ablation with Er:YAG laser can cause the dissolution of mineral components and fusion of amorphous particles, without crystallization, which results in a clean and smooth surface. The advantages of this type of laser over burs are: better visibility; accurate apical resection; no contact; removal of lesion in a shorter time by vaporization; haemostasis; no vibration or discomfort and minimal pain; and less bacterial risk of trauma to adjacent tissues (9). Grgurevic, et al. tested different Er:YAG laser parameters for apicoectomy, and they concluded that even high-energy lasers are safe when used under water-air refrigeration (10).

Apicoectomy combined with retrograde filling is one of the most widely performed endodontic surgical procedures. The ideal root-end cavity preparation can be described as at least 3-5 mm deep class-I cavity, with walls parallel to the long axis of the root. This regularly shaped cavity should incorporate the root canal anatomy and should retain the retrograde filling material. The apical cavity may prepare by bur or by ultrasound (US) retrotips. The use of US-activated tips for root-end cavity preparation improves this procedure since less removal of bone tissue is required to gain proper

access to the apical region. Also, the resected apical segment can be smaller and less angulated (1)

. In addition, ultrasonically prepared root-end cavities can be more conservative than bur-prepared cavities, involving both the canal and the isthmus, allowing better adaptation of the retrofilling material and consequently improving the apical seal. Both non-coated stainless steel and diamond-coated retrotips can be used for root-end cavity preparation (1,7,11,12).

The retrofilling materials are inserted into the retrograde cavity aiming to provide apical sealing and to prevent microorganism penetration, decreasing the leakage of irritating agents in the material/canal’s wall interface and contributing to periapical repair. Several retrofilling materials have been studied, such as dental amalgam, zinc oxide and eugenol-based cements (IRM and Super-EBA), Sealer 26 and mineral trioxide

aggregate (MTA) (13). MTA has demonstrated

advantages as sealing, marginal adaptation and possibility of use in the presence of humidity. MTA presents excellent biological property; however, its sandy consistence makes it difficult to handle (13-15).

Mineral Trioxide Aggregate (MTA) is a material developed in Loma Linda University, USA and represents a significant improvement over other materials used as a root- end filling materials, it is the first restorative material that allows for the overgrowth of cementum and it may facilitate the regeneration of periodontal ligament. MTA is cement composed of tricalcium silicate, dicalcium silicate, tricalcium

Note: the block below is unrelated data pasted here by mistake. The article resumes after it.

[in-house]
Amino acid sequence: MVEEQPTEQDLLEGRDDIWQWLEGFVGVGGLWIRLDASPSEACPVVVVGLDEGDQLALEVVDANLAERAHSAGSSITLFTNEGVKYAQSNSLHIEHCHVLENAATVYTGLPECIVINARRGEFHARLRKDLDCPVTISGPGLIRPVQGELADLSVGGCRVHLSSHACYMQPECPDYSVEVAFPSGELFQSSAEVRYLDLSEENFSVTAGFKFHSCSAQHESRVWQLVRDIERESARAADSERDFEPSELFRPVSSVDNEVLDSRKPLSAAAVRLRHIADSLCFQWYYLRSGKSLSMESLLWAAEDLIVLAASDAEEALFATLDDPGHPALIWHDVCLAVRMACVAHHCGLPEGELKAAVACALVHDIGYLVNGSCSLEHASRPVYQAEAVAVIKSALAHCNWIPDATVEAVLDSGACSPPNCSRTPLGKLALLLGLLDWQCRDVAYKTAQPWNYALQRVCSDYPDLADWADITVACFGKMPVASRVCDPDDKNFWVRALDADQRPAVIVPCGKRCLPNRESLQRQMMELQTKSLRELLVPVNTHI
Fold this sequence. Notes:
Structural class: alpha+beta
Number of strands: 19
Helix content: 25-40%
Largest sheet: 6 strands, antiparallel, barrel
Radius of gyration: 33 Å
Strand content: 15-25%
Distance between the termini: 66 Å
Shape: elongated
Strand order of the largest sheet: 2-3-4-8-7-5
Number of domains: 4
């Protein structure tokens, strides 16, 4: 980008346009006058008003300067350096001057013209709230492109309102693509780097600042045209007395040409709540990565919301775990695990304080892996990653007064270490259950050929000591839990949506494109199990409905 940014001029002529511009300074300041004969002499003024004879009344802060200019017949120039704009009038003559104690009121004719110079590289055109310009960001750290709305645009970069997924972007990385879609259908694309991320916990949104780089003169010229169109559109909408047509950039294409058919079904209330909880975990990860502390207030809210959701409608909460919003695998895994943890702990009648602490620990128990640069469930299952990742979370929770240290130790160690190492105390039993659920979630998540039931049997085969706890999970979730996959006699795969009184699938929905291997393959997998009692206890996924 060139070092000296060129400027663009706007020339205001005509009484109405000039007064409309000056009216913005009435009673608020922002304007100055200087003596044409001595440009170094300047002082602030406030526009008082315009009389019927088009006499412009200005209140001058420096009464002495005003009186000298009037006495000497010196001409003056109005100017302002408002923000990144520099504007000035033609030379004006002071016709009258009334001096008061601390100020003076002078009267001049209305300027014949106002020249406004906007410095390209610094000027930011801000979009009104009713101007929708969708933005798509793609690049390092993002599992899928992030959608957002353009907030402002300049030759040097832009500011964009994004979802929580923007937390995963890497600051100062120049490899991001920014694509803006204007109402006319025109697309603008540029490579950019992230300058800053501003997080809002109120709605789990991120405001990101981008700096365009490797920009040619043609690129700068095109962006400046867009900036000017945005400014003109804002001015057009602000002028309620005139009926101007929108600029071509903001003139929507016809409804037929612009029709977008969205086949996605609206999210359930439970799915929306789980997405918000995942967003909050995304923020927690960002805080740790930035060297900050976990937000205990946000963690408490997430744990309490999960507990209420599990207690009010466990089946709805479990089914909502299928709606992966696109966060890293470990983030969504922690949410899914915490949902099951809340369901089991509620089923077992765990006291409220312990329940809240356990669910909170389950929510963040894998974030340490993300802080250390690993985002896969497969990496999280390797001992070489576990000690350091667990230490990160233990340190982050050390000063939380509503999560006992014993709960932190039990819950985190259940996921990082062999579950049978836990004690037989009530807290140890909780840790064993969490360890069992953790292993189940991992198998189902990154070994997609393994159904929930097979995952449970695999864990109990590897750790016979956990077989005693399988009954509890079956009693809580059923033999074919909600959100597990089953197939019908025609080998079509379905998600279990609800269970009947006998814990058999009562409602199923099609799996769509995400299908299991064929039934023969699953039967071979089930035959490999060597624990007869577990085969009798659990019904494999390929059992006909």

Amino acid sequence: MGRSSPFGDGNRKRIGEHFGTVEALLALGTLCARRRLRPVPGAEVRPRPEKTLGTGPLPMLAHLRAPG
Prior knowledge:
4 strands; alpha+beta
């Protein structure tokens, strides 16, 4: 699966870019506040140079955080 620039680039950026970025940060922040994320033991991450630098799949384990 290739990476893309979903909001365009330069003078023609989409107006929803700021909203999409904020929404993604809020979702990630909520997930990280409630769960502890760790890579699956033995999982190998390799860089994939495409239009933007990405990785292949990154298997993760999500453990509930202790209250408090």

aluminate, tetracalcium aluminoferrite and

calcium sulfate and bismuth oxide. It is very alkaline and hydrophilic requires moisture to set making dryness not necessary, it is mixed with

sterile water to make a sandy consistency (16).

MATERIALS AND METHODS

Sixty extracted single-rooted teeth with single canal were used in this study. The roots used in this study were straight without curvature, free

from cracks and fracture examined by

magnification lens (X10). The calculus and debris were removed from root surface by periodontal curette, then the teeth were decoronated using a diamond disk bur, and the remaining lengths of the selected roots were 16 mm as a standard root length. The exact working length was established by passing size 10 stainless steel file until it’s tip was just out of the apical foramen and then by subtracting one mm from the measured length. The roots were instrumented with stainless steel files and the final size was 40 using conventional technique.

(3)

Oral and Maxillofacial Surgery and Periodontics 68 Sodium hypochlorite was used for root canal irrigation after each file. Then the roots were dried with paper points and finally each root was obturates with gutta percha master apical cone size 40 and accessory gutta percha cone by lateral condensation and use endofill as a sealer, and the coronal access cavity was filled with a temporary filling.

The roots were divided into six groups randomly (10 roots for each group):

Group 1: the apex of the root was resected for 3mm length at 90 0 to the long axis of the root using high-speed hand piece and a diamond fissure bur under water cooling, and root-end cavity prepared with contra-angle low speed hand piece and a stainless steel round bur size 1 (cutting end 1mm in diameter) for 2mm depth and the cavity was filled with MTA which was mixed according to manufacturer instruction.

Group 2: the root preparation and fillings are the same as group I. Then the apical area was treated by Er:YAG Laser (160 mJ, 10 Hz), just surface treatment by laser without further resection from the apex by laser.

Group 3: Apicoectomy for 3 mm length at 90 0

to the long axis of the root using high-speed hand piece and a diamond fissure bur under water cooling, and the root-end cavity prepared by using US unit (P-max, Satelec France ) with retrotip S12, 7D for 2mm depth and filled with MTA.

Group 4: the root preparation and fillings are the same as group 3. Then the apical area was treated by Er:YAG Laser (160 mJ, 10 Hz), just surface treatment by laser without further resection from the apex by laser.

Group 5: after the roots obturation with gutta percha master apical cone size 40 and accessory gutta percha and use endofill as a sealer, in this group there is no preparation and filling of the root-end cavity. The apex of the each root was resected for 3mm length at 90 0 to the long axis of the root using Er:YAG Laser (450 mJ, 6 Hz) under water cooling.

Group 6: after instrumentation of the root canal, the root apex was resected for 3mm length with Er:YAG Laser (450 mJ, 6 Hz), then the roots were obturates with gutta percha master cone size 40 and accessory gutta percha, and the excess gutta percha were cut with a hot ash from the coronal and apical parts. In this group also there was no preparation and filling of the root-end cavity.

The sixty roots were stored for 7 days in

humid atmosphere and 37 0C for setting of the